President’s Blog

Thank God for a Good Year – The Conclusion

In the first two parts of this series, we looked back at the year 2013.  I shared with you that I recognized the unusual nature of reviewing the previous year nearly halfway through the current year.

But this is an outgrowth of our April Executive Committee meeting, where we reviewed the finances of the previous year (which we do each year at the first Executive Committee of each year).

We shared with you the ten goals for the conference for 2013 that were shared with the Executive Committee at our first meeting for 2013. We shared with you each of those goals and the fact, that by God’s grace, nine of those goals were reached.

In this final installment, I would like to talk about the goals for 2014, and in that discussion, we shall talk a little bit about the goal that we did not reach.  

I believe that it is very important that goals are set: By individuals, organizations, churches, corporation, etc. When I was a young Pastor, Elder C.E. Dudley, who was the President of our conference in those days, used to tell us “Some people aim at nothing-and hit it” (something I have repeated to our workers 1,000 times)-everybody needs to set goals.

I shared the goals for our conference that I am asking the Lord to help us achieve in 2014, with our Executive Committee a few months ago. Please allow me to share them now with you:

(1)  1,000 baptisms, with a retention rate of at least 70%. We have been blessed in this conference with unprecedented baptisms these past several years, for which we thank God. We have set a baptismal goal each year, and the Lord has blessed with the consistent […]

By |June 4th, 2014|Categories: President's Blog||0 Comments

Thank God For A Good Year-Part II

If you are just “tuning in,” it may seem a bit strange to be reviewing 2013, when nearly six months of 2014 have already passed. But we shared with you that in our last Executive Committee meeting-which was a few weeks ago-a part of what we did was to review the final financial numbers for 2013.  Additionally, since that is the first of the quarterly meetings of the Executive Committee for the year, we also shared our goals for the conference for 2014. This series is about some of what was shared with the Executive Committee.

Last time, we shared with you the goals that we shared with the Executive Committee for 2013. These goals were shared at our first meeting in 2013. At each subsequent meeting and at our monthly office staff meetings, we share the progress that the Lord has given us towards those goals.

Here are those 2013 goals (a line drawn through indicates that the Lord helped us to reach said goals):

1,000 Baptisms
4% Tithe Gain
Operations Gain
Discover Retention’s Percentage
Pastoral Evaluations
Continue reduction of percentage of budget going to salary/expenses without layoffs
Complete Oakwood Academy Building Project
Adequately house E. E. Rogers School in Jackson, Mississippi
Sell Camp Ground
Increase Church School Enrollment

Last time, we shared a brief summary of the first four goals, with the exception of the one goal that we did not reach-a tithe gain of 4%. We shall address that in our final article in this series.

Here is a brief summary of Goals 6-10:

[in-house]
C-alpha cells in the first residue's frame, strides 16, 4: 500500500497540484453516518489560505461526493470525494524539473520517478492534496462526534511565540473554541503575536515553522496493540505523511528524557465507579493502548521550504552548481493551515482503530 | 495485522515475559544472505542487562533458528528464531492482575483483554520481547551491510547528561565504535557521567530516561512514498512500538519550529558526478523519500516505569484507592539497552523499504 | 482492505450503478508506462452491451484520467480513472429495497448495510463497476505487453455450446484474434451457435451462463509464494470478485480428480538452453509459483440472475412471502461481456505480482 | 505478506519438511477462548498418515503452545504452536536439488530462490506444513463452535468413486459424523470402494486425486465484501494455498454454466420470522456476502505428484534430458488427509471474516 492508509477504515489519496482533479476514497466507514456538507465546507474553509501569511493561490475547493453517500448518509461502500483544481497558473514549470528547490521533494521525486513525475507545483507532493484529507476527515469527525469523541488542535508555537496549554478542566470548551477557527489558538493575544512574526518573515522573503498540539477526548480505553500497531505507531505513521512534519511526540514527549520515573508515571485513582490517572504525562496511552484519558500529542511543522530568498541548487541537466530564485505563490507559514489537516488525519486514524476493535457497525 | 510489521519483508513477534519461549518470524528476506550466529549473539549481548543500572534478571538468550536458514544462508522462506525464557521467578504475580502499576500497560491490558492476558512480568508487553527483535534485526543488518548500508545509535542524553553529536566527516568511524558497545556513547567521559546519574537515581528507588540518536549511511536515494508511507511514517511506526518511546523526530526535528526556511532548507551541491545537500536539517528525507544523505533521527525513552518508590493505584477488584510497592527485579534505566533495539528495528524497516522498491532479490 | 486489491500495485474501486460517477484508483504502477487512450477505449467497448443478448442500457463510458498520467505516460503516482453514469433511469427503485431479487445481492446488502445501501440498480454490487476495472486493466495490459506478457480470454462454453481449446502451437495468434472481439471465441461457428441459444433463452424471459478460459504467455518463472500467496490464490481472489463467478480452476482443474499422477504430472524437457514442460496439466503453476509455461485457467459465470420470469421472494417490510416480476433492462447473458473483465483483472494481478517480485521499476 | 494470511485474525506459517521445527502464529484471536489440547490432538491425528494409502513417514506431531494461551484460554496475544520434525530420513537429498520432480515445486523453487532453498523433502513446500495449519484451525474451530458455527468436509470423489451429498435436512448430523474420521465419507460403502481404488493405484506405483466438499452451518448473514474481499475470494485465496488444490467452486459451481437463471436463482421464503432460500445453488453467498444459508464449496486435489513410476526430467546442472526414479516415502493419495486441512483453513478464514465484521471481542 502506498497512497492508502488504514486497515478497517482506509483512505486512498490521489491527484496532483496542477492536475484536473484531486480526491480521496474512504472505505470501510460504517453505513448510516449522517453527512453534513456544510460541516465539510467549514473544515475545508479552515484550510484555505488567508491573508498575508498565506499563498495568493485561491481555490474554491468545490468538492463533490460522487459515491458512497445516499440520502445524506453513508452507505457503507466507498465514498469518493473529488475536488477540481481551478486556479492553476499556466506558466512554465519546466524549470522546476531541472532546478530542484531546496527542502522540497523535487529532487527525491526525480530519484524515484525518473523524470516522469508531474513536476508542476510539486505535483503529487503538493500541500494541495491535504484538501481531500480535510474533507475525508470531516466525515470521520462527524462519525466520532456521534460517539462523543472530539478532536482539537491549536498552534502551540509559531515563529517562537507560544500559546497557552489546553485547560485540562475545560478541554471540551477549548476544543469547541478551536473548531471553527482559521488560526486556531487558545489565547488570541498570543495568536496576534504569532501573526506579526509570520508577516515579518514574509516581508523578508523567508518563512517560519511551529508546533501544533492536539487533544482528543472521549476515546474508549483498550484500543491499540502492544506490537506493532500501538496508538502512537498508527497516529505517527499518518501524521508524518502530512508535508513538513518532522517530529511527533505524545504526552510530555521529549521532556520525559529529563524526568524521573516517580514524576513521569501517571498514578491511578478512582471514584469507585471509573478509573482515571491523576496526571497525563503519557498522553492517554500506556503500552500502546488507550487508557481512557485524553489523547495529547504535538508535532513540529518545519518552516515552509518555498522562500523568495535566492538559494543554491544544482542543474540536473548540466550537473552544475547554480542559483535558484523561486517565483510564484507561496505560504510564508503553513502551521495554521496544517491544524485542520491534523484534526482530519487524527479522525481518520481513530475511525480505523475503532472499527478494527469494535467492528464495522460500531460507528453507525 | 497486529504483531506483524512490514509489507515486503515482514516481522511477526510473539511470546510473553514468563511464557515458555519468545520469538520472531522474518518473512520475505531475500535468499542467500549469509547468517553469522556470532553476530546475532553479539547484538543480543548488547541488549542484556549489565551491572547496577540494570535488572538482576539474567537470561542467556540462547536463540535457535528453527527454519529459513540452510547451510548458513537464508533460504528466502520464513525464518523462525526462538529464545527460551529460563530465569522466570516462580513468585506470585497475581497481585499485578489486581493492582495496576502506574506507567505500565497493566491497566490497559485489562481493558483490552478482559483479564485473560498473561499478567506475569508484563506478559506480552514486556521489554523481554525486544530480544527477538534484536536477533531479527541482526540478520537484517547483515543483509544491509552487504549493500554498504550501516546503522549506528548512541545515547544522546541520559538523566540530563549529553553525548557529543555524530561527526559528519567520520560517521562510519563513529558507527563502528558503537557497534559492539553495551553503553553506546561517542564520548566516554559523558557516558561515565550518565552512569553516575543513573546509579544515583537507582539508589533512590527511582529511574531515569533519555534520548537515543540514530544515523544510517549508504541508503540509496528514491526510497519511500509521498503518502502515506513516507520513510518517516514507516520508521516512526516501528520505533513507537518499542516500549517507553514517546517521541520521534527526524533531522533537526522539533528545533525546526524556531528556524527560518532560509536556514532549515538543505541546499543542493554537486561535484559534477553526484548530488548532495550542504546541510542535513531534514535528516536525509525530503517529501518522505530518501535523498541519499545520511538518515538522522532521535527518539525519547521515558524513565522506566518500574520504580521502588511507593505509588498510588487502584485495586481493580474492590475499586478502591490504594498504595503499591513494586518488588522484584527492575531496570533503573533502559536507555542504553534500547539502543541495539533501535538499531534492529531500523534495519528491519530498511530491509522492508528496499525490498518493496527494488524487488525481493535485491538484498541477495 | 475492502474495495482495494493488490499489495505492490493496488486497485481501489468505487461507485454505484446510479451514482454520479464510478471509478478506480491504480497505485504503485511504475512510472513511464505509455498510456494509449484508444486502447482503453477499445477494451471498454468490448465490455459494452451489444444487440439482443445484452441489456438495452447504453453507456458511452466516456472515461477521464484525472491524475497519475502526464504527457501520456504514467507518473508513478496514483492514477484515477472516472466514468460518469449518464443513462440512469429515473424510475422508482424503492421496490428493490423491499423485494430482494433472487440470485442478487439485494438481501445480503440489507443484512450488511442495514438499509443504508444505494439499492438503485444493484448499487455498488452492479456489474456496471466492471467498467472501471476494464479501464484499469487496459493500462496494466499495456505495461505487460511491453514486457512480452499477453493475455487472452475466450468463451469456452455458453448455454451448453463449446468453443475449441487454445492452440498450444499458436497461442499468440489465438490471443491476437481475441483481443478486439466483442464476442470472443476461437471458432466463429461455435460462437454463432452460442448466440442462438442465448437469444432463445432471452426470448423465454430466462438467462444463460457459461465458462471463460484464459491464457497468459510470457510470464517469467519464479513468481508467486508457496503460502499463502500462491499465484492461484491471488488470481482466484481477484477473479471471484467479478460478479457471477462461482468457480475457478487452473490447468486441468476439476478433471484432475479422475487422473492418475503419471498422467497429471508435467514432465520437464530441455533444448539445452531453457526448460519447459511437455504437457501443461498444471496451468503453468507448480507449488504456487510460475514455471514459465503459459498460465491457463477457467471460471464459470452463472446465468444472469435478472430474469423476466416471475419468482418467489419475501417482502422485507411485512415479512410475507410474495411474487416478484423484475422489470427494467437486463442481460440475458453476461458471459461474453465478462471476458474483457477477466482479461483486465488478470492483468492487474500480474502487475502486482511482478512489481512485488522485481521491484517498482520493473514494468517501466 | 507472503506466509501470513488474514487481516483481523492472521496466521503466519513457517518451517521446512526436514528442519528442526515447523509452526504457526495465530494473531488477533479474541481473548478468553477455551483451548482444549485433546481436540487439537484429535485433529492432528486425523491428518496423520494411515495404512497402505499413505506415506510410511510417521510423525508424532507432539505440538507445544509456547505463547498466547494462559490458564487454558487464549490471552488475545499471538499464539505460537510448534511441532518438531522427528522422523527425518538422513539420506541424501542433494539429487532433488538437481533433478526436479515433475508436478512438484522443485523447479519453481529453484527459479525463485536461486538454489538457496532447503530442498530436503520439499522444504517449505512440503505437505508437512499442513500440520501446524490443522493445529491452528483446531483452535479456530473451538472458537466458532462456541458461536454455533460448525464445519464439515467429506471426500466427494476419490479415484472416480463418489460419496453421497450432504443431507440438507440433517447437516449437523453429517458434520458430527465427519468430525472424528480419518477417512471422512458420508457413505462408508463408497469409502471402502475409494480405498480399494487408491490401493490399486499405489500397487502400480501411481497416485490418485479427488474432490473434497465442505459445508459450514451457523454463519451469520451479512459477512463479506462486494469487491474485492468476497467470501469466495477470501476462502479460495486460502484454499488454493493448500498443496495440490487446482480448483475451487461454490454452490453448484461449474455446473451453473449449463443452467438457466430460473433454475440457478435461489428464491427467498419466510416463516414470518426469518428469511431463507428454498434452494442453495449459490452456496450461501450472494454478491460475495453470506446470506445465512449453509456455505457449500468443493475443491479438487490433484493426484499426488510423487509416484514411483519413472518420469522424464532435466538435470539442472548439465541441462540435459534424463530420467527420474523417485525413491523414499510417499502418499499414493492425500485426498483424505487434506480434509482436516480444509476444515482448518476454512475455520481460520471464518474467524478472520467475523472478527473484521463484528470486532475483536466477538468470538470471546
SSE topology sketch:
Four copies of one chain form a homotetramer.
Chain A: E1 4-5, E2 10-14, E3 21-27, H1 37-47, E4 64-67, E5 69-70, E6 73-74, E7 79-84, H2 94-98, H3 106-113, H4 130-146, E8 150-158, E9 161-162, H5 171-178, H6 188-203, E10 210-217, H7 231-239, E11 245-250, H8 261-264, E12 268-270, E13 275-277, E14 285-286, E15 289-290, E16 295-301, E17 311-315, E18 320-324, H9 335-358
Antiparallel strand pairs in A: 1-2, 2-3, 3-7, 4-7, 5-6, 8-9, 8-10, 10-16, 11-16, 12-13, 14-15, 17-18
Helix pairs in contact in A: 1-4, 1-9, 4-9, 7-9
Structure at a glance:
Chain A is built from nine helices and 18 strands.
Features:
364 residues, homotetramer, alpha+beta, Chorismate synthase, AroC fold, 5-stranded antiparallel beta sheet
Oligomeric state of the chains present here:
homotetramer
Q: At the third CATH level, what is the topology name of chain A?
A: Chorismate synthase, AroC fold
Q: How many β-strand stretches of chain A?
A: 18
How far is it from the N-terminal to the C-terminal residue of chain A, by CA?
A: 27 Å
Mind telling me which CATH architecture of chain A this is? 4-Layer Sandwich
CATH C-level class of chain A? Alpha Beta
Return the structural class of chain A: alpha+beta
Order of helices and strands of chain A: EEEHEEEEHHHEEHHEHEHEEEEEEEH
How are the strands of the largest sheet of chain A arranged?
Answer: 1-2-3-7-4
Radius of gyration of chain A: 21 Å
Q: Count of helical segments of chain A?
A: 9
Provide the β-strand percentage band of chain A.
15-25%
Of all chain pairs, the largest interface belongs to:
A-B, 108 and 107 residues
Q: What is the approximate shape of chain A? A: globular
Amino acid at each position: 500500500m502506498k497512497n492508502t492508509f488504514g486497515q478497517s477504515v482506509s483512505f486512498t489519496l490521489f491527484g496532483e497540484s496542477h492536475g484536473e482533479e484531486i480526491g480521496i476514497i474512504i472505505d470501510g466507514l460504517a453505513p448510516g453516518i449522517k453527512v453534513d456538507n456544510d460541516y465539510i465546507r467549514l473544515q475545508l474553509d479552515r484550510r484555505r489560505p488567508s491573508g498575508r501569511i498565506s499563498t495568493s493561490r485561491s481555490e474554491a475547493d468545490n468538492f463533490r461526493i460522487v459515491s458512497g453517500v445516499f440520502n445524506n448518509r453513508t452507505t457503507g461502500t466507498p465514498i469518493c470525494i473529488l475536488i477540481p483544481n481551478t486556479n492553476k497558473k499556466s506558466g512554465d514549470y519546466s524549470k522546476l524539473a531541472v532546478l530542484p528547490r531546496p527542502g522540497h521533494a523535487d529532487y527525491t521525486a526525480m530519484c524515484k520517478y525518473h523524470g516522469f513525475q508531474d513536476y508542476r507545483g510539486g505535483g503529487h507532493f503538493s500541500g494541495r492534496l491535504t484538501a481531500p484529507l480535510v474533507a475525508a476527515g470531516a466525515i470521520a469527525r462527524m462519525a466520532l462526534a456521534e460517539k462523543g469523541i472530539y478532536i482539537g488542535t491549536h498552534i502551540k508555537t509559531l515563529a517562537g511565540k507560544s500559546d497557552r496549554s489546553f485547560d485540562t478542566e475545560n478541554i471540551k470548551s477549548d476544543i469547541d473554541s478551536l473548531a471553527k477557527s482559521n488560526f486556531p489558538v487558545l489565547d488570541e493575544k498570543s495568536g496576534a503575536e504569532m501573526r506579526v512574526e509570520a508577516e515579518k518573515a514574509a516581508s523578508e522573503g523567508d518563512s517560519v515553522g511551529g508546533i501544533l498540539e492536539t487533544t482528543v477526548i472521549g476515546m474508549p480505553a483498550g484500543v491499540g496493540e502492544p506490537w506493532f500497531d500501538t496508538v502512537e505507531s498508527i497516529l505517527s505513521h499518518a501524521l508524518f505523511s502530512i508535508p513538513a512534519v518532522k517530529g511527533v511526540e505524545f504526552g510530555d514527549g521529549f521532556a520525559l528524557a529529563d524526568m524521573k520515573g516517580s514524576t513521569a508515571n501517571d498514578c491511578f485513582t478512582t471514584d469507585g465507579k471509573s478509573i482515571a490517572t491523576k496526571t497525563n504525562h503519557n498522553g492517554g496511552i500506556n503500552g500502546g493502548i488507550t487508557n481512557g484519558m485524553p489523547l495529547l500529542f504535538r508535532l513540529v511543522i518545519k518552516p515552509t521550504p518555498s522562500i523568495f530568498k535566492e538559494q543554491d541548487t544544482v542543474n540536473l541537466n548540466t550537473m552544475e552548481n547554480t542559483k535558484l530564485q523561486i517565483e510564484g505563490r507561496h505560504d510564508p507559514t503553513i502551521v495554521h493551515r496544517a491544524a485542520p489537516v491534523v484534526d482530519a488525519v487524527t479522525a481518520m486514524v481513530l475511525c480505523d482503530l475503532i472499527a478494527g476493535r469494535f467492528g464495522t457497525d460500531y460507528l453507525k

Goal 6: Continued Reduction of the Percentage of the Budget That Goes to Salary and Benefits, Without Laying Anyone Off! At least some of you have heard me say this many times:

Relative to our needs, we do not have enough workers!

If […]

By |May 9th, 2014|Categories: President's Blog||0 Comments

Thank the Lord for A Good Year – Part I

At our April 13, 2014 Executive Committee meeting, we examined the final financial numbers for the year, 2013. With the receipt of that information, we were able to close the book on 2013 and do a final comparison of the goals that we set for our conference last year and the progress that the Lord blessed to make towards accomplishing those goals.

Below are the goals that we shared with the Executive Committee one year ago. The ones with lines drawn through them are the ones that the Lord enabled us to reach last year:

1,000 Baptisms
4% Tithe Gain
Operations Gain
Discover Retention’s Percentage
Pastoral Evaluations
Continue reduction of percentage of budget going to salary/expenses without layoffs
Complete Oakwood Academy Building Project
Adequately house E. E. Rogers School in Jackson, Mississippi
Sell Camp Ground
Increase Church School Enrollment

As you can see, thanks to our workers, our people and our God, every goal was reached except for one.

Here is a brief summary of each goal:

(1)  1,000 Baptisms: For the fourth year in a row, the Lord blessed us to go over the 1,000 mark in baptisms. The Lord gave us 1,139 baptisms.

As far back as we could check, there had not been a time in South Central where we had baptized over 1,000 individuals for three consecutive years-the Lord has blessed our conference to do that for four consecutive years. Here are the churches and Pastors whom God used to lead the way:

Dr. Carlton Byrd/Elders Julius/Williams/Wilson, Oakwood University-120
Elder Debleaire Snell/ Elders Hill/Greene, Huntsville First-92
Elder James Owens, Memphis Longview-87
Elder Harold Goodloe, Mobile Emmanuel-77
Elder Willie Black, Nashville New Life-63
Pastor Shawn Moss, Memphis Bethany-42
Elder Fred Batten, Memphis Word of Life-39
Pastor Michael Lewis, Selma/Thomasville-32
Elder Kennedy Luckett, Louisville Magazine Street-28 & Elder Dorian Melo, Multicultural Director/Crossville/Boaz/Gadsen/Oakwood Spanish-28
Elder W.C. Scales, Bessemer/Eutaw/Brent-27

In […]

By |April 28th, 2014|Categories: President's Blog||0 Comments

The Election of Dr. Sandra Roberts As the First Elected Female Conference President – The Conclusion

Last week, we ended with a question: Can we say that someone who has every other qualification, e.g., the experience, the education, etc., that we normally would like to see in a conference president be denied solely because she is a woman?